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3rd February 2009


Is Green Tea Really Good For You?

We came across this article detailing the health benefits of drinking green tea in the Times yesterday. It quotes some research from the Athens Medical School and focuses mainly on the effects of green tea, first on the heart:

"Black and green tea comes from the same plant, Camellia sinensis. To make green tea the leaves are steamed immediately after harvesting and chopping. This stops an enzyme called polyphenol oxidase from oxidising the most powerful super nutrient in the tea plant, known as epigallocatechin gallate (EGCG). In a nutshell, green tea is full of EGCG, whereas black tea has very little""According to scientists from Athens Medical School, sipping a cup of green tea has recently been shown in volunteers to widen the artery that runs from the shoulder to the elbow by 4 per cent within half an hour of drinking, suggesting a short-term benefit at least on large blood vessels.

This may help to explain why studies looking at large populations of people appear to show lower rates of heart disease and stroke in those who drink four to five cups a day. Secondly on weight:

"As for your waistline, there have long been mumblings in the nutrition world of green tea having potential effects on fat-burning mechanisms in our bodies. New research in the Journal of Nutrition supports the notion, indicating that it could be fat around our tummies that is the first to be burnt off. The study, on 132 obese adults, showed that while all had the same calorie intake and did the same amount of exercise, those drinking green tea lost 2.2lb more weight (with larger reductions in abdominal fat) over 12 weeks than those who had only a caffeine-containing beverage.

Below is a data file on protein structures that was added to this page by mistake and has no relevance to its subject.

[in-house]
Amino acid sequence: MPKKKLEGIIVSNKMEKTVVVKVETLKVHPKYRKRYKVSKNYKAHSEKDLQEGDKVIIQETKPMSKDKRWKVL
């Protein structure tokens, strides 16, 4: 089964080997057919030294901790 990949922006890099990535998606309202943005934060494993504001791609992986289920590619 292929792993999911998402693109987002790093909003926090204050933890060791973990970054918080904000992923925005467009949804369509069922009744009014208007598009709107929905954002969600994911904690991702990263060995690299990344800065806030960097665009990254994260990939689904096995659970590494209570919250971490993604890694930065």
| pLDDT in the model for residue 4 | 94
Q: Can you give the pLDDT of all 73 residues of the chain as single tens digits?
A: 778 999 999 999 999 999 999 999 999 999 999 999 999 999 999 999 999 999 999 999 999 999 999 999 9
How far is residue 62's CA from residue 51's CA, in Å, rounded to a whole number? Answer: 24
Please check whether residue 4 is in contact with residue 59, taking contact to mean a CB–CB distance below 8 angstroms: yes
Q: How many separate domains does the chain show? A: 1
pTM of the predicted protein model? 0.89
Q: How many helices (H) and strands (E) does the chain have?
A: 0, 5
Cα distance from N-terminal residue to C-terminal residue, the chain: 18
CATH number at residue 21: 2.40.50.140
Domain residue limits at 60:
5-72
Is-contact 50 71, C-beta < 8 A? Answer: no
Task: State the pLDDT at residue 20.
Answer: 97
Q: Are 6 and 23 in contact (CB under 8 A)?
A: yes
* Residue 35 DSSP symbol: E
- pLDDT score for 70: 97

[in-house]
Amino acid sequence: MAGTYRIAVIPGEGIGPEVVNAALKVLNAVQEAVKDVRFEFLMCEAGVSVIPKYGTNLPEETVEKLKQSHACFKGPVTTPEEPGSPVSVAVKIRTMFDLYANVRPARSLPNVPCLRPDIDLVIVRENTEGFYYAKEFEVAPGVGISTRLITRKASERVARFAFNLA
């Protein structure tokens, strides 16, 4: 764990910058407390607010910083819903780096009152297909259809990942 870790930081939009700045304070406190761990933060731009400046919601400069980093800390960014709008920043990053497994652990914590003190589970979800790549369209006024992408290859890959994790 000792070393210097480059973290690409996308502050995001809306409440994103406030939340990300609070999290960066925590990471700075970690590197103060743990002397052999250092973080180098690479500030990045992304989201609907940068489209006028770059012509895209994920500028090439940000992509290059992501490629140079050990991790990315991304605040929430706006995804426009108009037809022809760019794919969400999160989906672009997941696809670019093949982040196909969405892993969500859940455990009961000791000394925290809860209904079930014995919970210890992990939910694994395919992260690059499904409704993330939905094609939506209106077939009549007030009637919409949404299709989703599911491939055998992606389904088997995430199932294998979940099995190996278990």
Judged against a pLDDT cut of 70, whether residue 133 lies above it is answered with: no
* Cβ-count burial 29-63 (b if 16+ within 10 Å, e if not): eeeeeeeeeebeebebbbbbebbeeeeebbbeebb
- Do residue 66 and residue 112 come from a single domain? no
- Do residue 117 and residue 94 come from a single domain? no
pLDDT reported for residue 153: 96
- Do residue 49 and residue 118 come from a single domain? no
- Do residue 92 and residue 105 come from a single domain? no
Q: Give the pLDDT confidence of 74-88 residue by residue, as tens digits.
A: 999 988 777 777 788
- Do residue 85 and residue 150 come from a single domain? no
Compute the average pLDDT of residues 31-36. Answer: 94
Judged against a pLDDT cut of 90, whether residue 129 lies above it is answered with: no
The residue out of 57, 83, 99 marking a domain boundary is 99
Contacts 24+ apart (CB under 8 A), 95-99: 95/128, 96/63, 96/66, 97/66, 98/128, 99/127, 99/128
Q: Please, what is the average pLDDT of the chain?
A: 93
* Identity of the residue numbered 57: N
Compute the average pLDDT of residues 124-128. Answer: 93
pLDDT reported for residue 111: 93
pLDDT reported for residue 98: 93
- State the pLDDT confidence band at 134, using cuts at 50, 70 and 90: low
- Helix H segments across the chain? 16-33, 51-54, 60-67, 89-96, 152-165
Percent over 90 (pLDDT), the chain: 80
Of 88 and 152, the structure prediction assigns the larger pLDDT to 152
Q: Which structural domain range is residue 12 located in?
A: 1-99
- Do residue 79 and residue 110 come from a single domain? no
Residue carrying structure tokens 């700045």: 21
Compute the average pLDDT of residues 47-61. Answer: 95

"The article then points out that over a long period of time, this could make the difference between being overweight and a healthy weight.  The conclusion scientists have drawn is that "it may be EGCG that speeds up the rate at which fat is broken down in our bodies.

"Thirdly, potential effects of green tea and cancer prevention. Research has shown that "extracts from green tea that include EGCG stop or slow down the growth of some cancer cells".While this could potentially be great news, it's important to note that research is still being carried out in this area and as the Times article explains, Cancer Help UK say "that evidence from human studies has yet to prove that drinking green tea has a cancer-preventing effect in real life".

Here at JING, we aim to keep up with all the health news surrounding tea and we'll keep this blog updated with anything we see which is well researched, authoritative and clear.